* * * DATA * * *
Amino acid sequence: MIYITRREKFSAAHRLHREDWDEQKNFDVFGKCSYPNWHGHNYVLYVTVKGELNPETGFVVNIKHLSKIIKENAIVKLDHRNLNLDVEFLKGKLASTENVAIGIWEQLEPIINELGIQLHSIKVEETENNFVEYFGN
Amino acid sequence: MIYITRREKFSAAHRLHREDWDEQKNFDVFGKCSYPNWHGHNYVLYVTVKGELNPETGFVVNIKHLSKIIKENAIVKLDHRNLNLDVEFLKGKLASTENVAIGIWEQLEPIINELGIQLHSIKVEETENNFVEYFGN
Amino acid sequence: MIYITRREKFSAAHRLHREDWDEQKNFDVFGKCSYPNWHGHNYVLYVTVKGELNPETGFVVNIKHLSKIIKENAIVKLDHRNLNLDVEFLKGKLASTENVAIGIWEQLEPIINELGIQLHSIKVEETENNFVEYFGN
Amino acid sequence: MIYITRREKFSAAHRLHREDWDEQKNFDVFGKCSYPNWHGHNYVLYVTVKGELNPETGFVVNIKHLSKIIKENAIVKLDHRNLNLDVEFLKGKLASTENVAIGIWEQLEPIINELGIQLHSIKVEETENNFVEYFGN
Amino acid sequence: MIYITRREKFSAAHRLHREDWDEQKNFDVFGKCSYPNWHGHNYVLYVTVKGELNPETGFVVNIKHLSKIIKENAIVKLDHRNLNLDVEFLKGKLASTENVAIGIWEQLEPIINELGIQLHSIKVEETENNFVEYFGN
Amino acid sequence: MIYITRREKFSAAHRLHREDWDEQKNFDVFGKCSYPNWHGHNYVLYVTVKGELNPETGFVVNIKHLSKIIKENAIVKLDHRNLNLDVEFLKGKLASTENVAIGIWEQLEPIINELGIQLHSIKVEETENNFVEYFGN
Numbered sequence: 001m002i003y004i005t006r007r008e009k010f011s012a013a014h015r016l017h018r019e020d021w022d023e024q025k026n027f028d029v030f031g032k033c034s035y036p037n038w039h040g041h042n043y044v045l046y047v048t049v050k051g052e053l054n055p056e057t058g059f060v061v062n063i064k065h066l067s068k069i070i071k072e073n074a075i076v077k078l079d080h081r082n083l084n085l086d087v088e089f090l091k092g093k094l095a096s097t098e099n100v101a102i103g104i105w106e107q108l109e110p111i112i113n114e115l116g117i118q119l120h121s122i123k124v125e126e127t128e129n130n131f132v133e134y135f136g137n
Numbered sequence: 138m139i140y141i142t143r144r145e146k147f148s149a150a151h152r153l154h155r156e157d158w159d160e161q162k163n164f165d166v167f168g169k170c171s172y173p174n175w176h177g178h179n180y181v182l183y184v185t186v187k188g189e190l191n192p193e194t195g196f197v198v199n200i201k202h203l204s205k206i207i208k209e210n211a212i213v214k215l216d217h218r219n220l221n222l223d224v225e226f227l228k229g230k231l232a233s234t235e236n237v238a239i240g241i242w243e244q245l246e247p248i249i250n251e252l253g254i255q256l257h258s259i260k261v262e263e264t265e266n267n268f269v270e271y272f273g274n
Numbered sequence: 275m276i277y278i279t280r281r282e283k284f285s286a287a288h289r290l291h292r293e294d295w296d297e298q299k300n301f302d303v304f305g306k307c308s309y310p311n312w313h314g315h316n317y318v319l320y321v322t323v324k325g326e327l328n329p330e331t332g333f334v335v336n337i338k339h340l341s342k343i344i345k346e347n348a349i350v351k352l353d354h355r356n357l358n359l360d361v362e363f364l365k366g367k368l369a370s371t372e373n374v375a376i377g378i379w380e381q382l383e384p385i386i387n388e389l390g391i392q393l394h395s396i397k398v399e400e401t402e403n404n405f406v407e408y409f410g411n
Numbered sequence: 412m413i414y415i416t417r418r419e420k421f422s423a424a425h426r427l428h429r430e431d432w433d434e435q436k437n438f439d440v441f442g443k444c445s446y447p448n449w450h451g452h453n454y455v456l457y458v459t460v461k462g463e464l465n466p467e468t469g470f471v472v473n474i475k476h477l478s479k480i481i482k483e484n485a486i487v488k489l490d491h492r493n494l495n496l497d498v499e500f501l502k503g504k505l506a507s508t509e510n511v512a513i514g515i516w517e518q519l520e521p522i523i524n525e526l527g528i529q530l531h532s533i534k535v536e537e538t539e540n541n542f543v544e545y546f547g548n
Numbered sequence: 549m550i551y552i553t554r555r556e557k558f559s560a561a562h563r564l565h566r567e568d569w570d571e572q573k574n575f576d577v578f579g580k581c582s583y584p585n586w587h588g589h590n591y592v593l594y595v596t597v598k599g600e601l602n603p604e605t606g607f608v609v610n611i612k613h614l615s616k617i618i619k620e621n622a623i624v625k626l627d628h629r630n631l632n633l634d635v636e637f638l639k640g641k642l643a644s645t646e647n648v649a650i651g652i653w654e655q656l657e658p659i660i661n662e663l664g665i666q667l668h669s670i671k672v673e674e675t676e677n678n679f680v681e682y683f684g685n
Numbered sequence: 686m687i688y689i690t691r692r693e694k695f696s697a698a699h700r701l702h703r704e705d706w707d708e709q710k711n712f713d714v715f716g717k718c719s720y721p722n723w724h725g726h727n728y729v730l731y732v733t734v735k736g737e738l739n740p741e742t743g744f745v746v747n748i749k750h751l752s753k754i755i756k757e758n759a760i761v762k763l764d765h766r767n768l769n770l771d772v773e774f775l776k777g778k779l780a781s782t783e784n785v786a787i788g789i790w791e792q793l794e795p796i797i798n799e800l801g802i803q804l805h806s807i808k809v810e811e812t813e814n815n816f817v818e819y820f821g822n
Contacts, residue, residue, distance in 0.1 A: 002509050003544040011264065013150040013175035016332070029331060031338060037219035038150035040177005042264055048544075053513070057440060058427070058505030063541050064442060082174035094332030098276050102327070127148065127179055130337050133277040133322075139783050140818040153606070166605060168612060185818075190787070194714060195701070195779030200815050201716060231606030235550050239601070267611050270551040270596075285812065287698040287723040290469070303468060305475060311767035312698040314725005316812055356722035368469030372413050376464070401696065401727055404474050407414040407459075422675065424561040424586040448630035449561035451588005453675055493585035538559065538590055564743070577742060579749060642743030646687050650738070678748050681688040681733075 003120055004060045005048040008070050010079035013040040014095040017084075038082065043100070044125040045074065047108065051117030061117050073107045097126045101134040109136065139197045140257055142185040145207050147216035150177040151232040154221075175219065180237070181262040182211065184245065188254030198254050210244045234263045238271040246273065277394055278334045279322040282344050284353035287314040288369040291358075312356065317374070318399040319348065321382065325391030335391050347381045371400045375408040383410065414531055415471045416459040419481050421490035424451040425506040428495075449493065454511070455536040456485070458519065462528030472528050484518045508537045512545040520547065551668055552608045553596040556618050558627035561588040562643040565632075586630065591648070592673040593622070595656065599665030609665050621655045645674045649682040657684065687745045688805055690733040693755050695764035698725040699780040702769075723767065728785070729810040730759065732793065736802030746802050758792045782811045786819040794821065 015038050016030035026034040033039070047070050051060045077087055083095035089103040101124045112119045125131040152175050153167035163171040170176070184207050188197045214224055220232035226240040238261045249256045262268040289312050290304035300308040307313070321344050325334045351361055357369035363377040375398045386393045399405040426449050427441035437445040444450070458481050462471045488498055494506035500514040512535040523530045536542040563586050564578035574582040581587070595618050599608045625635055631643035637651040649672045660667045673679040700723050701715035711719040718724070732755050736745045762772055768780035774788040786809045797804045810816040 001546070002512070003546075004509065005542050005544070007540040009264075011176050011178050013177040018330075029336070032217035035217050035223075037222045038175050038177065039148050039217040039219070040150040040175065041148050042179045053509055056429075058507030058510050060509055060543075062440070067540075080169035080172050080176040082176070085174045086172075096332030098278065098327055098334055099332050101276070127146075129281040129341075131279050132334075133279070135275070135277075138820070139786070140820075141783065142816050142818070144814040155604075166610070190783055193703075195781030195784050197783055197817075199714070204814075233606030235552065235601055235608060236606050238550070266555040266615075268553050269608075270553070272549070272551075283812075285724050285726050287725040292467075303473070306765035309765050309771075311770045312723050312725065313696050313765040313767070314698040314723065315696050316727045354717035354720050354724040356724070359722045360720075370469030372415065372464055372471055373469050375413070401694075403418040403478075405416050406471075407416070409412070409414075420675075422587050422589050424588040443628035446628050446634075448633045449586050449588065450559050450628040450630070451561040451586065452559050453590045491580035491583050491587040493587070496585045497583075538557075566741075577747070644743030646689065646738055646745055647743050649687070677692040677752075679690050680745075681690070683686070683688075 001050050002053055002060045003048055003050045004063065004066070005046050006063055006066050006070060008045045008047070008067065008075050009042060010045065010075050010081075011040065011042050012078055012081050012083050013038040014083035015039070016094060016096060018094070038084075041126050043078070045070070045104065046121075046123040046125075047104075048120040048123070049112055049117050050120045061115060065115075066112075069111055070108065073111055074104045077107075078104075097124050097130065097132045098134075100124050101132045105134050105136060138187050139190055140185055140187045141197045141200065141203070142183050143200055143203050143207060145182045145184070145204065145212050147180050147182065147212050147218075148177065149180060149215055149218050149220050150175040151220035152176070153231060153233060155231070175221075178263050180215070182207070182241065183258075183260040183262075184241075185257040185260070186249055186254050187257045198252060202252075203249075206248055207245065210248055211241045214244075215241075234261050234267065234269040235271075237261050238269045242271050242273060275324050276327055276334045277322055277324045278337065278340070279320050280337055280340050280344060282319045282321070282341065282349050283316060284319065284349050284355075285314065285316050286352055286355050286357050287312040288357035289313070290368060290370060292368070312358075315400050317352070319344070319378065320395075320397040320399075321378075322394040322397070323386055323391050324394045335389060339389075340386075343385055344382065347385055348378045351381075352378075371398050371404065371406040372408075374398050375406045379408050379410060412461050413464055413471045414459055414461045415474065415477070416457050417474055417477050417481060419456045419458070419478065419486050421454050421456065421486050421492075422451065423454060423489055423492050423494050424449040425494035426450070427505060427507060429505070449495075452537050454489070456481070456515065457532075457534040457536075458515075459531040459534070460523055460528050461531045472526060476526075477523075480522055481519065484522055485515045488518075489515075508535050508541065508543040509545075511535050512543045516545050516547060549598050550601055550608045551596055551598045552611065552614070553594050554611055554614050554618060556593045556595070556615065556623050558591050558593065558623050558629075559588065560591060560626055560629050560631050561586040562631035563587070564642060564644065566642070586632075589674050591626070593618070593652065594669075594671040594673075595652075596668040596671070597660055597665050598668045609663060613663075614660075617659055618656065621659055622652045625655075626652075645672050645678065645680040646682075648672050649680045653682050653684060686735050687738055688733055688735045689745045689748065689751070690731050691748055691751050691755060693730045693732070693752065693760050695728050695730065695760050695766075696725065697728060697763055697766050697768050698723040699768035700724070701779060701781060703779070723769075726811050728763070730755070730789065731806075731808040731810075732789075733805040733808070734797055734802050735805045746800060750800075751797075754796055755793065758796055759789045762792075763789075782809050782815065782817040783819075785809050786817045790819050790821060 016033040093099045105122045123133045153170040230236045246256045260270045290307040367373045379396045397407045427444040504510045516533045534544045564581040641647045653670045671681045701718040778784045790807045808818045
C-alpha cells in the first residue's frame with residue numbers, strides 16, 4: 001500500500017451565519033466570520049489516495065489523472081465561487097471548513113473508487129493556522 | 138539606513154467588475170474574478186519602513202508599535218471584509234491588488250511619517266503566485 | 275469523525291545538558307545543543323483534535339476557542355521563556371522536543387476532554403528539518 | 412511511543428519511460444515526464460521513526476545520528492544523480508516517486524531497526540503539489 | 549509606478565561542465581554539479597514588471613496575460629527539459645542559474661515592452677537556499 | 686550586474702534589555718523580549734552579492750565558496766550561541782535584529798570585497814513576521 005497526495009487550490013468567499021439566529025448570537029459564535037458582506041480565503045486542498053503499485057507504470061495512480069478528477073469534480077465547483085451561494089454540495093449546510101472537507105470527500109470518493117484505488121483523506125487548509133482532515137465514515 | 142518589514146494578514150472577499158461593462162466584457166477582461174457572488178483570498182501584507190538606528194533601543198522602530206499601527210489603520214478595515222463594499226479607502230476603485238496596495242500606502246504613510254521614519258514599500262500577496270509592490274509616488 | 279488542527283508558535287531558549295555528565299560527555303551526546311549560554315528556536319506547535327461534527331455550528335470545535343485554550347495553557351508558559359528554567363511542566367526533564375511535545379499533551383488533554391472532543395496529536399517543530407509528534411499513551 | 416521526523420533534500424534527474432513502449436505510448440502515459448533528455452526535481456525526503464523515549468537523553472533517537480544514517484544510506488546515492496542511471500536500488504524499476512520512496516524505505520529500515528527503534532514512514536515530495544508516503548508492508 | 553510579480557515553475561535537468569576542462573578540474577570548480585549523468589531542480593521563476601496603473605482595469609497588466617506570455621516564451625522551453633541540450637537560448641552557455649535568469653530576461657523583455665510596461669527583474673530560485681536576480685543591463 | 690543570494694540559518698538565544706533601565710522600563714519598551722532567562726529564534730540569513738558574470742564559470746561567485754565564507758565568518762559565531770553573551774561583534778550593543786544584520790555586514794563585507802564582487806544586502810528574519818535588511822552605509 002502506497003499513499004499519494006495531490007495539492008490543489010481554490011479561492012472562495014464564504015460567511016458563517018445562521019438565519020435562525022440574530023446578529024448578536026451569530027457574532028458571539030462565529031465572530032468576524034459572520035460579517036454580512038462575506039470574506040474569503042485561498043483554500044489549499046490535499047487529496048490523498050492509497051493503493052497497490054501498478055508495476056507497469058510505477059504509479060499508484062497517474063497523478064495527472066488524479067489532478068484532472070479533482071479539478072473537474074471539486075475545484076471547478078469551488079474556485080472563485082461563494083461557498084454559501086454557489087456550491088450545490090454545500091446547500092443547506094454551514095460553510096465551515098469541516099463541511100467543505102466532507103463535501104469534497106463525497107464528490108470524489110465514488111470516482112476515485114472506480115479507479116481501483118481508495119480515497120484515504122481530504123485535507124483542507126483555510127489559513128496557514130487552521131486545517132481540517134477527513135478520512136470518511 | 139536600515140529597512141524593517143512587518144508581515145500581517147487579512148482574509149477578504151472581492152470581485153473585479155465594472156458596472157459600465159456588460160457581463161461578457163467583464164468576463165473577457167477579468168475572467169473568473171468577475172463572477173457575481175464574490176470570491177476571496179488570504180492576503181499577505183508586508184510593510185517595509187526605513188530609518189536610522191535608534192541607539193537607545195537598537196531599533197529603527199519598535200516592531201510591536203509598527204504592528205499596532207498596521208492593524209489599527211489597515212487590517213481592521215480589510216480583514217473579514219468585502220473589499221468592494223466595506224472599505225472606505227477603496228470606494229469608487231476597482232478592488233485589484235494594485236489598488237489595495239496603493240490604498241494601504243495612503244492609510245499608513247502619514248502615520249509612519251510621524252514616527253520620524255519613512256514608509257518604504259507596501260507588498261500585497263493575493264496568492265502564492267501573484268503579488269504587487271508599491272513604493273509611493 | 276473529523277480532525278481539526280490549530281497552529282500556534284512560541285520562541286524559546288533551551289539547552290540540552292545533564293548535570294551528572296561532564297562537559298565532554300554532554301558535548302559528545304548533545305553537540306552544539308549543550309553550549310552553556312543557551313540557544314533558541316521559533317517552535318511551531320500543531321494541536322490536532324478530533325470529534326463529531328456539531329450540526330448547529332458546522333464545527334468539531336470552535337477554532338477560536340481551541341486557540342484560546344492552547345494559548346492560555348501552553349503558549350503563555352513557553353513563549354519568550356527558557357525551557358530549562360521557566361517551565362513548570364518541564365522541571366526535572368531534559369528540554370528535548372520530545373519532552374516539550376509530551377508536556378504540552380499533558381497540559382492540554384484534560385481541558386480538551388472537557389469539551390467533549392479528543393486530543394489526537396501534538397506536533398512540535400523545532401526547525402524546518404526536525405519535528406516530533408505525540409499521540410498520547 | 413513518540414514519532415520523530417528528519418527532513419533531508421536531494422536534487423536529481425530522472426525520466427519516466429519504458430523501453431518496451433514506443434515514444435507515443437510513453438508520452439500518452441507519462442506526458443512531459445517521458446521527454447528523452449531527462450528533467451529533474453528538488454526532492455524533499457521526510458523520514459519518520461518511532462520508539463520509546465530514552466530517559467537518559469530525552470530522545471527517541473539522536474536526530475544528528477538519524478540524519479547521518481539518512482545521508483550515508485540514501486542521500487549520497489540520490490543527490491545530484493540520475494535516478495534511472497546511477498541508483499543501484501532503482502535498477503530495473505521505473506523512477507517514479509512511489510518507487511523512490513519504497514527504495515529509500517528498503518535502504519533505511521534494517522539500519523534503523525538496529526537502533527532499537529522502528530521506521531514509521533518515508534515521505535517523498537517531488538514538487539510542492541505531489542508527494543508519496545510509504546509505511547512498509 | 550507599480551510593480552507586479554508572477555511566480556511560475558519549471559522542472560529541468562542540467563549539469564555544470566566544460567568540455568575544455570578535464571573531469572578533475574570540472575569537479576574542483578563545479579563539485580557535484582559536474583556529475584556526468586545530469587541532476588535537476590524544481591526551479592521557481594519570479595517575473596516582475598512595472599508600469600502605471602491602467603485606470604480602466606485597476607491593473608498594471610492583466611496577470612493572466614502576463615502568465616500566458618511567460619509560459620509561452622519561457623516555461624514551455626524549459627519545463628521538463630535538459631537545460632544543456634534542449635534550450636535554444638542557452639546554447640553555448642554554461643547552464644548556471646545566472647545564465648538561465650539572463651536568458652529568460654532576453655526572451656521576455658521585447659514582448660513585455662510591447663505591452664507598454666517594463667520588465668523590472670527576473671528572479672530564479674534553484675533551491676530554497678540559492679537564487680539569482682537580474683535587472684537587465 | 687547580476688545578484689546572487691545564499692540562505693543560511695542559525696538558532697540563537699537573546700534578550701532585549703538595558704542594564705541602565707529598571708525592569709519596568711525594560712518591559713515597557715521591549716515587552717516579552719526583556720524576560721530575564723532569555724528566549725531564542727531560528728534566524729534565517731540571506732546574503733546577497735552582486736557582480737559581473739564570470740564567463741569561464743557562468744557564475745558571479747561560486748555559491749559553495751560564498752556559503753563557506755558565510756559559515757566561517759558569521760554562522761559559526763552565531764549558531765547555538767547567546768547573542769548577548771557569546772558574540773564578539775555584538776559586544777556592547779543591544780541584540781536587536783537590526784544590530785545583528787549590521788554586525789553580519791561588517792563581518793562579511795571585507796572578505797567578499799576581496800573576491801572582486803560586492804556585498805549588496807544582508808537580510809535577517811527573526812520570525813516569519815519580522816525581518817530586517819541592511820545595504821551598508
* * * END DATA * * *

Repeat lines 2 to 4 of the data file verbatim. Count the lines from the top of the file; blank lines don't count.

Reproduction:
Amino acid sequence: MIYITRREKFSAAHRLHREDWDEQKNFDVFGKCSYPNWHGHNYVLYVTVKGELNPETGFVVNIKHLSKIIKENAIVKLDHRNLNLDVEFLKGKLASTENVAIGIWEQLEPIINELGIQLHSIKVEETENNFVEYFGN
Amino acid sequence: MIYITRREKFSAAHRLHREDWDEQKNFDVFGKCSYPNWHGHNYVLYVTVKGELNPETGFVVNIKHLSKIIKENAIVKLDHRNLNLDVEFLKGKLASTENVAIGIWEQLEPIINELGIQLHSIKVEETENNFVEYFGN
Amino acid sequence: MIYITRREKFSAAHRLHREDWDEQKNFDVFGKCSYPNWHGHNYVLYVTVKGELNPETGFVVNIKHLSKIIKENAIVKLDHRNLNLDVEFLKGKLASTENVAIGIWEQLEPIINELGIQLHSIKVEETENNFVEYFGN